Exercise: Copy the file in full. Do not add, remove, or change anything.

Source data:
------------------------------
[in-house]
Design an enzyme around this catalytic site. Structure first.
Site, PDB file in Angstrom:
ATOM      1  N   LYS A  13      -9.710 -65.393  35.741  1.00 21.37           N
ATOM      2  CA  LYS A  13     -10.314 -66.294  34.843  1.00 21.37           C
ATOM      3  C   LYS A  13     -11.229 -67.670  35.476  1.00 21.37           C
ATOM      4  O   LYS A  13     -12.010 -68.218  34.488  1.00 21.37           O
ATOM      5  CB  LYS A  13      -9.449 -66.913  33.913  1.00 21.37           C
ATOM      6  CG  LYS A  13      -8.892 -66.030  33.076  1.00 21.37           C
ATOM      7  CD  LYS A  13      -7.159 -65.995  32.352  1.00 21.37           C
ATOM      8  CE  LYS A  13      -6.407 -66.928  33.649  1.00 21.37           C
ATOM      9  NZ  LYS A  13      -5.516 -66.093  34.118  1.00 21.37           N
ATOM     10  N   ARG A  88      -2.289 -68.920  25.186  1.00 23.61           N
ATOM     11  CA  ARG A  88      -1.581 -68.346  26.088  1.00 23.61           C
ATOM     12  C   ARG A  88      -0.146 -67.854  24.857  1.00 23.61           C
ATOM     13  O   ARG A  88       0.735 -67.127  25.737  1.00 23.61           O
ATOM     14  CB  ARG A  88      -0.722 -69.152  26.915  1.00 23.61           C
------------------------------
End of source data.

[in-house]
Design an enzyme around this catalytic site. Structure first.
Site, PDB file in Angstrom:
ATOM      1  N   LYS A  13      -9.710 -65.393  35.741  1.00 21.37           N
ATOM      2  CA  LYS A  13     -10.314 -66.294  34.843  1.00 21.37           C
ATOM      3  C   LYS A  13     -11.229 -67.670  35.476  1.00 21.37           C
ATOM      4  O   LYS A  13     -12.010 -68.218  34.488  1.00 21.37           O
ATOM      5  CB  LYS A  13      -9.449 -66.913  33.913  1.00 21.37           C
ATOM      6  CG  LYS A  13      -8.892 -66.030  33.076  1.00 21.37           C
ATOM      7  CD  LYS A  13      -7.159 -65.995  32.352  1.00 21.37           C
ATOM      8  CE  LYS A  13      -6.407 -66.928  33.649  1.00 21.37           C
ATOM      9  NZ  LYS A  13      -5.516 -66.093  34.118  1.00 21.37           N
ATOM     10  N   ARG A  88      -2.289 -68.920  25.186  1.00 23.61           N
ATOM     11  CA  ARG A  88      -1.581 -68.346  26.088  1.00 23.61           C
ATOM     12  C   ARG A  88      -0.146 -67.854  24.857  1.00 23.61           C
ATOM     13  O   ARG A  88       0.735 -67.127  25.737  1.00 23.61           O
ATOM     14  CB  ARG A  88      -0.722 -69.152  26.915  1.00 23.61           C